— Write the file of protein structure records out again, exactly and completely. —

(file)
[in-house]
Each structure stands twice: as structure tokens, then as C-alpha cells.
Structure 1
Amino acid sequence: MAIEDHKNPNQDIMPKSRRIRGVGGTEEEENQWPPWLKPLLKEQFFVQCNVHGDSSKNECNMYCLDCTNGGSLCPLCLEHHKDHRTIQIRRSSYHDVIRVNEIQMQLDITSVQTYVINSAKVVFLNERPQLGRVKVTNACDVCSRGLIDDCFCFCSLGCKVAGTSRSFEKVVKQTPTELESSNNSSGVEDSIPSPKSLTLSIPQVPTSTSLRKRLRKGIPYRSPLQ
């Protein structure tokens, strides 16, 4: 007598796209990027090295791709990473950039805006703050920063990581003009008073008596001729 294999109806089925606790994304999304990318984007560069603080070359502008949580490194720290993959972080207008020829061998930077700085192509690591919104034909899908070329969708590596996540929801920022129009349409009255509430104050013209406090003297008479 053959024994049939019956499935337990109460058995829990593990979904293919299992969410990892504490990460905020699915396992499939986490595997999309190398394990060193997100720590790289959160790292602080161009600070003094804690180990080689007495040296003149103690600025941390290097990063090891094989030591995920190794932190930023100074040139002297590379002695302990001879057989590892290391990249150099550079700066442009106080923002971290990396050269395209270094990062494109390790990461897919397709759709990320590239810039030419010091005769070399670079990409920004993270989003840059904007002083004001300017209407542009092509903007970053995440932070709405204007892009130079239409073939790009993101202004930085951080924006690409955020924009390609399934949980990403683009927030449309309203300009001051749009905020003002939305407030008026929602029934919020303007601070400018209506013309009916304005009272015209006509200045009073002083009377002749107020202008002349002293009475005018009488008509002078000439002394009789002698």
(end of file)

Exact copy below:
[in-house]
Each structure stands twice: as structure tokens, then as C-alpha cells.
Structure 1
Amino acid sequence: MAIEDHKNPNQDIMPKSRRIRGVGGTEEEENQWPPWLKPLLKEQFFVQCNVHGDSSKNECNMYCLDCTNGGSLCPLCLEHHKDHRTIQIRRSSYHDVIRVNEIQMQLDITSVQTYVINSAKVVFLNERPQLGRVKVTNACDVCSRGLIDDCFCFCSLGCKVAGTSRSFEKVVKQTPTELESSNNSSGVEDSIPSPKSLTLSIPQVPTSTSLRKRLRKGIPYRSPLQ
């Protein structure tokens, strides 16, 4: 007598796209990027090295791709990473950039805006703050920063990581003009008073008596001729 294999109806089925606790994304999304990318984007560069603080070359502008949580490194720290993959972080207008020829061998930077700085192509690591919104034909899908070329969708590596996540929801920022129009349409009255509430104050013209406090003297008479 053959024994049939019956499935337990109460058995829990593990979904293919299992969410990892504490990460905020699915396992499939986490595997999309190398394990060193997100720590790289959160790292602080161009600070003094804690180990080689007495040296003149103690600025941390290097990063090891094989030591995920190794932190930023100074040139002297590379002695302990001879057989590892290391990249150099550079700066442009106080923002971290990396050269395209270094990062494109390790990461897919397709759709990320590239810039030419010091005769070399670079990409920004993270989003840059904007002083004001300017209407542009092509903007970053995440932070709405204007892009130079239409073939790009993101202004930085951080924006690409955020924009390609399934949980990403683009927030449309309203300009001051749009905020003002939305407030008026929602029934919020303007601070400018209506013309009916304005009272015209006509200045009073002083009377002749107020202008002349002293009475005018009488008509002078000439002394009789002698």